People & Culture

Nunavik art exhibition lands at Canadian Museum of Nature

Our Land, Our Art explores the rich heritage of Nunavik through photography, video, music and more

  • Dec 02, 2022
  • 455 words
  • 2 minutes
A museum visitor (left) sits with circus performer Minnie Ningiuruvik to watch Tupiq A.C.T.'s two-screen video depicting a realistic wolf. (Photo: Sarah Brown/Can Geo)
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Traditional meets modern in a beautiful timeline of art and life in Nunavik.

Nunavik, which comprises the northern third of the province of Quebec, is the homeland of 12,000 Inuit, 60 per cent of whom are younger than 30. Our Land, Our Art, which opens Dec. 2 (and runs through October 2024 at the Canadian Museum of Nature’s Northern Voices Gallery), captures the dynamism of a young community forging a path forward while guided by traditional knowledge. 

The Avataq Cultural Institute collected 32 traditional objects, artworks and artefacts for the gallery show. They then collaborated with Nunavik artists, pairing these modern creators with specific artefacts to act as inspiration. The resulting artworks are both beautiful and beautifully unexpected.

Five don’t-miss collabs

The photographer and the hunter

On-the-rise photographer and videographer Lucasi Kiatainaq is a resident of Kangirsujuaq, Nunavik, who is currently studying in Montreal. His inspiration is a small soapstone carving of a seal hunter (Thomasie Kaitak, 1957). “I related to the idea of waiting for the seal,” he explains.  Four wildlife photos highlight the softness of the blues, golds and greys of a Nunavik summer. Kiatainaq’s contribution also includes “That Spring Feeling,” a video that uses drone photography to record the breathtaking landscape — and the importance of the hunt to his community. “Spring is when we feel most alive with the wilderness around us.”

One of Lucasi Kiatainaq's photographs. (Photo: Sarah Brown/Can Geo)
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Thomasie Kaitak's soapstone carving of a seal hunter, the inspiration for Lucasi Kiatainaq's work. (Photo: Sarah Brown/Can Geo)
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Tupiq A.C.T.'s video depicted on two screens. (Photo: Sarah Brown/Can Geo)
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The circus comes to town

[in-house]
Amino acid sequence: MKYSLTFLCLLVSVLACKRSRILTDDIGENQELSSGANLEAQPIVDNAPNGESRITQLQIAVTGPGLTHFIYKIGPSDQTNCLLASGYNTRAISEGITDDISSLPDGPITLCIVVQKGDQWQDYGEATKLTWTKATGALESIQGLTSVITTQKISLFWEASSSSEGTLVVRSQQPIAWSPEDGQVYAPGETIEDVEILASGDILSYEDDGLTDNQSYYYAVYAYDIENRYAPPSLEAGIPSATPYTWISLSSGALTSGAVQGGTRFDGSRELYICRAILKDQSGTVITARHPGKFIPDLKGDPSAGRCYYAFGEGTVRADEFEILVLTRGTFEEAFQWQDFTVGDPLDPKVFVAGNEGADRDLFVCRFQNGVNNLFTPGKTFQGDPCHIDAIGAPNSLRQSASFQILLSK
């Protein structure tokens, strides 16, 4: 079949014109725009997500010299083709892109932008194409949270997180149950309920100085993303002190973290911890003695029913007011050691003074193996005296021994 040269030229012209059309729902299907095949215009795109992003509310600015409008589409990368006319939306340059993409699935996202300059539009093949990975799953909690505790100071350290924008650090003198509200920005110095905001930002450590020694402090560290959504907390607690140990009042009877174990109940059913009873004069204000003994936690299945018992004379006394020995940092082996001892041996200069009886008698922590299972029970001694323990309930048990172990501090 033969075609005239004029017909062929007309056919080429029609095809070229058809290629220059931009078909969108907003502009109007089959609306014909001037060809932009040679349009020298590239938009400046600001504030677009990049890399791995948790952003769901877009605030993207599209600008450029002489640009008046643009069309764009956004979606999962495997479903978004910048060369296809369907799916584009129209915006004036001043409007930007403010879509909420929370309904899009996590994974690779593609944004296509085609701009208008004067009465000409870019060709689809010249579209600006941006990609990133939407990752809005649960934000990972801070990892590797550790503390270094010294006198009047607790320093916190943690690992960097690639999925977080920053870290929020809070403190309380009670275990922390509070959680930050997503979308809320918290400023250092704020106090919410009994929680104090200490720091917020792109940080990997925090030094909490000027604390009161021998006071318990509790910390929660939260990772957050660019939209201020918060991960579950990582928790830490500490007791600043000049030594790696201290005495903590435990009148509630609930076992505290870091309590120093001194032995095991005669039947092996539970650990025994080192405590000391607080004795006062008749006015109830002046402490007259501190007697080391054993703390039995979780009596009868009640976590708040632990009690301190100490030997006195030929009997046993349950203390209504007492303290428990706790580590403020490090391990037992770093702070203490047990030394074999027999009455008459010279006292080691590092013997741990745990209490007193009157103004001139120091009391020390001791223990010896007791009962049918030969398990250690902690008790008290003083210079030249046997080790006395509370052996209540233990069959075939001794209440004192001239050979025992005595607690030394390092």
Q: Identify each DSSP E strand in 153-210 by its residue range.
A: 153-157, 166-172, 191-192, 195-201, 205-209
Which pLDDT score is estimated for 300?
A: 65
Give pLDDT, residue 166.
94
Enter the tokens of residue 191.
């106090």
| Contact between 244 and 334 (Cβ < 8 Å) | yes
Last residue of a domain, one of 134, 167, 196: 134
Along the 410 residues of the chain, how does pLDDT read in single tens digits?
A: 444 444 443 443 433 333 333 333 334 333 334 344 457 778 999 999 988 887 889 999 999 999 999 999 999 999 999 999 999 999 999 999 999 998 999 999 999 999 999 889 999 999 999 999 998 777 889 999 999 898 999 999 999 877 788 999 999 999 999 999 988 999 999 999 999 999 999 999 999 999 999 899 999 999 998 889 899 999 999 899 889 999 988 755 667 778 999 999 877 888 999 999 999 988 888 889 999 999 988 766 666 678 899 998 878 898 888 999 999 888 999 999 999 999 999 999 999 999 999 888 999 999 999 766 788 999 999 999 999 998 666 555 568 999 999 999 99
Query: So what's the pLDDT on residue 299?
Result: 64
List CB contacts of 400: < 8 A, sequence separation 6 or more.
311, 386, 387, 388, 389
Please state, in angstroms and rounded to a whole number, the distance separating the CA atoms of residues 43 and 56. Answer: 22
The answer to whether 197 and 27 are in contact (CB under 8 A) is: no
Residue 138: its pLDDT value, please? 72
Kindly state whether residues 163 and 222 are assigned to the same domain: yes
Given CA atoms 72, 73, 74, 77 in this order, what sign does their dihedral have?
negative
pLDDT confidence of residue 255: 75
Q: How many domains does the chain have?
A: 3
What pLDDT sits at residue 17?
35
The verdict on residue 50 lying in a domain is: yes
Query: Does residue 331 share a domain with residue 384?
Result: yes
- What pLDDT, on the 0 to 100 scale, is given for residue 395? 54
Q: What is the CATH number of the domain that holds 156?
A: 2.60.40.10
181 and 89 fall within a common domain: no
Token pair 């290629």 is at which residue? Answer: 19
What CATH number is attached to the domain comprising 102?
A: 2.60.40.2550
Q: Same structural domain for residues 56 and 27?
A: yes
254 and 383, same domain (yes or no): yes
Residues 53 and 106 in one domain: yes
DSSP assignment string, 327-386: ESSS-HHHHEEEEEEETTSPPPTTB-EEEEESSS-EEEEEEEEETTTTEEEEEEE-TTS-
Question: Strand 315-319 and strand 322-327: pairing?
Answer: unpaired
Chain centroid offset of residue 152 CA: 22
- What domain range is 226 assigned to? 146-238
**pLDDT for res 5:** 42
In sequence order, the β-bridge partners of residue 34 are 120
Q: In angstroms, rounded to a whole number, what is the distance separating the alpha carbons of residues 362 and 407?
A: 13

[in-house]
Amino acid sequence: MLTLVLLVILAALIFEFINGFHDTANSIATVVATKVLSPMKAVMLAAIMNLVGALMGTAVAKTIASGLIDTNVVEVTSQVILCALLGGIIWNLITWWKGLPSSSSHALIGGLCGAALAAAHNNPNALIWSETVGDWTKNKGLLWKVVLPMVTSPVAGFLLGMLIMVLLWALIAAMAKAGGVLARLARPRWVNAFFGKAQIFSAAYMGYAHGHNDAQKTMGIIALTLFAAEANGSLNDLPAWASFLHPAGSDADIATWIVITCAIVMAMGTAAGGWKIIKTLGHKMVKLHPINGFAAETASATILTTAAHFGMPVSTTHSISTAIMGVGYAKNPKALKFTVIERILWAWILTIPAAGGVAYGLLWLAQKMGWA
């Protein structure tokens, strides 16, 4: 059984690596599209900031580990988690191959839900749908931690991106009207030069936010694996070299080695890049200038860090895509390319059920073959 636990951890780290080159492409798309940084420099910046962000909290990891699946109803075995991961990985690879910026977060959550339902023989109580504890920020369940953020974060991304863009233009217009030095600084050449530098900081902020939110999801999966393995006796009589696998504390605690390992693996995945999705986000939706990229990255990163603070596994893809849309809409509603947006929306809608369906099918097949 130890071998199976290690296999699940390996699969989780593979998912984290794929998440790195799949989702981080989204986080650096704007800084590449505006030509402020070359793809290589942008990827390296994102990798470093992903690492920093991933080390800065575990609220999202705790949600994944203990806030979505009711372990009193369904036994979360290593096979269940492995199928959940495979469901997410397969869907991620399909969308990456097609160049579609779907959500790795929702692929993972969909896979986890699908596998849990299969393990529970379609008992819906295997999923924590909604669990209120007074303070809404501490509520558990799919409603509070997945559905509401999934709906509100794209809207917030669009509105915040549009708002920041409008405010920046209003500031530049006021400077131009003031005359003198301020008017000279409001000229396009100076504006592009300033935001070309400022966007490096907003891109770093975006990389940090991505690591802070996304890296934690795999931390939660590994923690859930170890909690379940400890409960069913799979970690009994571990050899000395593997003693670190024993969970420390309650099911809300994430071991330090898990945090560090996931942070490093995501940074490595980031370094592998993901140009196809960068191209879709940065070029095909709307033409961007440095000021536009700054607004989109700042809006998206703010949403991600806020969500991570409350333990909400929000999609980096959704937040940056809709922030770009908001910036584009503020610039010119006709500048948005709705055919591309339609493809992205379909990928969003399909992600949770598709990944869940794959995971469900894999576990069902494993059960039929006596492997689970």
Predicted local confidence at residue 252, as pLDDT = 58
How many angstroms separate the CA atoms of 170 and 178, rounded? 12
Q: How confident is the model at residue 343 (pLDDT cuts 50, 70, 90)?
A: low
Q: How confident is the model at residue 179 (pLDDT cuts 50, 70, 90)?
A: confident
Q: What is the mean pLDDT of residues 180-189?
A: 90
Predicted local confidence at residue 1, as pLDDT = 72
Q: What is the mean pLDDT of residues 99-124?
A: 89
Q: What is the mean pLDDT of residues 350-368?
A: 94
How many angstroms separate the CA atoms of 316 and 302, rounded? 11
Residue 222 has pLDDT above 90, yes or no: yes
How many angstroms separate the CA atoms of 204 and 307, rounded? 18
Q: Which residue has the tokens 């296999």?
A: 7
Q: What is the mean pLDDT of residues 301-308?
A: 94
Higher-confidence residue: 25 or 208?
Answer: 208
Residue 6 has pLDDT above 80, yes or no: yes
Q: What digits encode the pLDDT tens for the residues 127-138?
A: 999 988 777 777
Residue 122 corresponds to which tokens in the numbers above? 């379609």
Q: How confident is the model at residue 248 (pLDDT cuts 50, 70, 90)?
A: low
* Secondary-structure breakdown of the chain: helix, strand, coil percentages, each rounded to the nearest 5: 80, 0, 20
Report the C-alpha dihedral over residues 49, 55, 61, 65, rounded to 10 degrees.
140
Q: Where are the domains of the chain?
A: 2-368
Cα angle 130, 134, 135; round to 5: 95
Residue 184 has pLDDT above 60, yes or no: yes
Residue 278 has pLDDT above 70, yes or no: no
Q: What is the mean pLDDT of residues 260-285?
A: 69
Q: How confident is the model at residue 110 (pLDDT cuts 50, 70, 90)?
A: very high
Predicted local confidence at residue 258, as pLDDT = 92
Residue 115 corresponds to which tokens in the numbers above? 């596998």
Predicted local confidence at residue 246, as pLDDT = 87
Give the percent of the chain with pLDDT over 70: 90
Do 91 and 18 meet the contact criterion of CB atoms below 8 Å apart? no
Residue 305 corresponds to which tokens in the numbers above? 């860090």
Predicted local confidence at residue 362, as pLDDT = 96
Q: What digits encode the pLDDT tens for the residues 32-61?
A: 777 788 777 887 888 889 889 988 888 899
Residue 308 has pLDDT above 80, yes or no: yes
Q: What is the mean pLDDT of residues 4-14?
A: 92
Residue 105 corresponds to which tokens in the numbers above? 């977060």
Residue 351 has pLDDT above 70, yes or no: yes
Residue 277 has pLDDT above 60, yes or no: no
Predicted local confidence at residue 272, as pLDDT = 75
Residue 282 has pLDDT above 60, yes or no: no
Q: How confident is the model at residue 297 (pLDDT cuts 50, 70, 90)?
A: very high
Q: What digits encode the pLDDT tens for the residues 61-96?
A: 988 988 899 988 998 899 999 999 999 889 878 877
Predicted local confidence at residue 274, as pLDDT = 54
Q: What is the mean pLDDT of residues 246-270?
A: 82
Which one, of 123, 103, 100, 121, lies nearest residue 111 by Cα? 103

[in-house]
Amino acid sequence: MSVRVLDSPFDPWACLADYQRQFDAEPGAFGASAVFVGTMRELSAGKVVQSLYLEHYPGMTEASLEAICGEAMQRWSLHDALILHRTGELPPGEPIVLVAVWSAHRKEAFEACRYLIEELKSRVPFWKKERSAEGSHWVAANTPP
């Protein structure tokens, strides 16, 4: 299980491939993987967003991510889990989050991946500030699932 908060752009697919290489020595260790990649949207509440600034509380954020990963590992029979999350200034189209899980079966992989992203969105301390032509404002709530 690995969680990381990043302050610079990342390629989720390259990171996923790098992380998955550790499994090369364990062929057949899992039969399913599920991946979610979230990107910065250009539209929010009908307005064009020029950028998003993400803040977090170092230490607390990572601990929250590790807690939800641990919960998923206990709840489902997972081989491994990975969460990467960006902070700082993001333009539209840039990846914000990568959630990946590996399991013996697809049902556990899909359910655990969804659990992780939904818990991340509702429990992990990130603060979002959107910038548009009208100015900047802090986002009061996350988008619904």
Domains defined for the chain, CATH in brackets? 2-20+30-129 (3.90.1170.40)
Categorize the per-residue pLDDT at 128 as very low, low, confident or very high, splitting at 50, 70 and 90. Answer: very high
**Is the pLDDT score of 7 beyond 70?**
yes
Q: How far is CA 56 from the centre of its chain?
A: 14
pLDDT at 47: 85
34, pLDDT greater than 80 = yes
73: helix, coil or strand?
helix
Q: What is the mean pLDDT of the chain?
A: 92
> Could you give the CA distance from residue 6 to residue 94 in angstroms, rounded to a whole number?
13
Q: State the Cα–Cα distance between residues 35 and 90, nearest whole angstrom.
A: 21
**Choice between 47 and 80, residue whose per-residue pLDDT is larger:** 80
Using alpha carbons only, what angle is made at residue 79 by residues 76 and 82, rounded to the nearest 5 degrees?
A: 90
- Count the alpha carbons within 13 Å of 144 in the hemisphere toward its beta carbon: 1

Drama, drumming and a very realistic wolf come to town through Tupiq A.C.T. (Arctic Circus Troupe). Nunavik’s professional circus troupe takes storytelling into a new dimension through a two-screen video that explores the repercussions of the James Bay and Northern Quebec Agreement. 

Masterful throat-singing

Do not miss this! A sound installation highlights the skills of traditional throat singing sensation Evie Mark, who has toured the world, performing alongside orchestras and with other traditional artists to share her culture. For Our Land, Our Art, the Ivujivik-born artist sings alongside Akinisie Sivuarapik, who was born and raised in Puvirnituq, and is also known for her drum dancing. The listener stands within a giant felt pod embroidered with traditional tattoo patterns to listen in on the intimate performance.

The amazing amautik

Taqralik Partidge can do anything. Writer, artist, spoken-word poet, curator. Here, she is inspired by a soapstone carving of a mother (Maggie Ituvik Tayara, 1955) to create a heavily beaded amautik.

Maggie Ituvik Tayara's soapstone carving (left) that inspired Taqralik Partidge's work. (Photo: Sarah Brown/Can Geo)
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Detail of Taqralik Partidge's heavily beaded amautik. (Photo: Sarah Brown/Can Geo)
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Modern transport

Artists and sisters Qumaq M. Iyaituk and Passa Magiuk are both illustrators and writers. That combination of skills makes for three colourful — and modernized — qamutiq (sleds) and canoes that riff off the wood-and-metal kayak (Uqittuq Mark, undated) referenced from the Avataq Cultural Institute’s collection.

Uqittuq Mark's wood-and-metal kayak that influenced Qumaq M. Iyaituk and Passa Magiuk's pencil drawings. (Photo: Sarah Brown/Can Geo)
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The work of sisters Qumaq M. Iyaituk and Passa Magiuk. (Photo: Sarah Brown/Can Geo)
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